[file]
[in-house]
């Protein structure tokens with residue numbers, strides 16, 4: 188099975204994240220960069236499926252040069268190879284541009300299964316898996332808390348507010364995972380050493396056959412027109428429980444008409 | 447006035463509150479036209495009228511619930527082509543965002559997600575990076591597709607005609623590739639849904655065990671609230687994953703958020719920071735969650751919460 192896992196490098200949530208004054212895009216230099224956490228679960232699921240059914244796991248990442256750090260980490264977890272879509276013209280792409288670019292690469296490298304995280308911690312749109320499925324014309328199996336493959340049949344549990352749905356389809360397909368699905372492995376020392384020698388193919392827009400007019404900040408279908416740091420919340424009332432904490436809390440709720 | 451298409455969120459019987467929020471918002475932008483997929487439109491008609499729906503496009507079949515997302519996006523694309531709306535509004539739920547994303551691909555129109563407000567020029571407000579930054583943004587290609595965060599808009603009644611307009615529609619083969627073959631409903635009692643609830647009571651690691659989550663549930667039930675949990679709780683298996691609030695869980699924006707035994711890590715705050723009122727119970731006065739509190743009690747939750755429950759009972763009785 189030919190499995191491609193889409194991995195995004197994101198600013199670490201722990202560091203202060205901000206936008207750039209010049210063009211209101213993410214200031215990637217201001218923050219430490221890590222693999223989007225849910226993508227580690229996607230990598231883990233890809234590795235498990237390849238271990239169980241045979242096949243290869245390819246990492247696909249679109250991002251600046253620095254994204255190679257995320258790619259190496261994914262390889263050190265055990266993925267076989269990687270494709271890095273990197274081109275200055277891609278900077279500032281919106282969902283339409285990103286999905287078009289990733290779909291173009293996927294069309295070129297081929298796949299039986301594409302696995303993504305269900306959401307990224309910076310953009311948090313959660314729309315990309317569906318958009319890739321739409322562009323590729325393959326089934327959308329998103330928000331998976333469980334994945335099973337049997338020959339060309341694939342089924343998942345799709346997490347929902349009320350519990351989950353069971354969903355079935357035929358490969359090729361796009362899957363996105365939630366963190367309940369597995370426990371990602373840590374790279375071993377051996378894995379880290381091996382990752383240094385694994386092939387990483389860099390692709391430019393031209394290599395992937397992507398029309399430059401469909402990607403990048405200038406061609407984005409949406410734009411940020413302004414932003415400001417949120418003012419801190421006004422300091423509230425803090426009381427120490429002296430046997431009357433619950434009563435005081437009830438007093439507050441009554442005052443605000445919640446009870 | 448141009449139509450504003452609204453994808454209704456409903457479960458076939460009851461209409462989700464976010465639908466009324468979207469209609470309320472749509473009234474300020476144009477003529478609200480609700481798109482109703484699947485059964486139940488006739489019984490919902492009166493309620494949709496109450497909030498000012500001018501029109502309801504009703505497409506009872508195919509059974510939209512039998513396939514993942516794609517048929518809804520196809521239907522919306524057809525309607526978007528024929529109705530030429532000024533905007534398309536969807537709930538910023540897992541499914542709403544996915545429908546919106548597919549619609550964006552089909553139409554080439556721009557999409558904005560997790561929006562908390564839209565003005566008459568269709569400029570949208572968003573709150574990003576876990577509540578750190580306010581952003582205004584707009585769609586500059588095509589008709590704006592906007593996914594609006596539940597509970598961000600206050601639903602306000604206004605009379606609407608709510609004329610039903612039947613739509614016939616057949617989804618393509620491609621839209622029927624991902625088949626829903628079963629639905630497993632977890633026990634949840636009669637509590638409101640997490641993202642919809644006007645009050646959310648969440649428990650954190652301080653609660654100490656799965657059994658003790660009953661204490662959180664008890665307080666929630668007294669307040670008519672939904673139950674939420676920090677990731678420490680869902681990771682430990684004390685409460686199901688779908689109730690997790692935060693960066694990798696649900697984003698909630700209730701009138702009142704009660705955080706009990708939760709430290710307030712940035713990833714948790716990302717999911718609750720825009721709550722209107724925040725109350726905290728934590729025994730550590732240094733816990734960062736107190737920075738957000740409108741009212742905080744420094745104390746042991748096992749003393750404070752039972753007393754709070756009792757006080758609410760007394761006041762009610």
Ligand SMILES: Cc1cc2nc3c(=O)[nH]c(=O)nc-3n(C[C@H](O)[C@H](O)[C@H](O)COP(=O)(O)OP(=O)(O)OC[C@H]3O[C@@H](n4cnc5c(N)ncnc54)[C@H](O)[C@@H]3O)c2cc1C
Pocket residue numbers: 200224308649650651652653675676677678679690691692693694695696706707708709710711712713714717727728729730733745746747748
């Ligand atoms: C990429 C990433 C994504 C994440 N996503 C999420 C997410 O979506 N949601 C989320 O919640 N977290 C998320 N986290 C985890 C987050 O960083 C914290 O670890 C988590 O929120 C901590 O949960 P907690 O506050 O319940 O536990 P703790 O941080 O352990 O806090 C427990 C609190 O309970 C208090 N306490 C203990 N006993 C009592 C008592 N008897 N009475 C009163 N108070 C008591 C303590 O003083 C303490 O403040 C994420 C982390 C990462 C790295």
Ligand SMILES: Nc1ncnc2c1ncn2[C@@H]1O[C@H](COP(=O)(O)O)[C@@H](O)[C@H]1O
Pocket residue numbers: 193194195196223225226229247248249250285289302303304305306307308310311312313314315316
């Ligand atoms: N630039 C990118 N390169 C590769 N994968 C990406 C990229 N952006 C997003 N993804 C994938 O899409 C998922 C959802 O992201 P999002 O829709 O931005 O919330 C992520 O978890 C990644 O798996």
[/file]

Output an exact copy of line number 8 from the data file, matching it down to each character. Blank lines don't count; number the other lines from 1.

């Ligand atoms: N630039 C990118 N390169 C590769 N994968 C990406 C990229 N952006 C997003 N993804 C994938 O899409 C998922 C959802 O992201 P999002 O829709 O931005 O919330 C992520 O978890 C990644 O798996």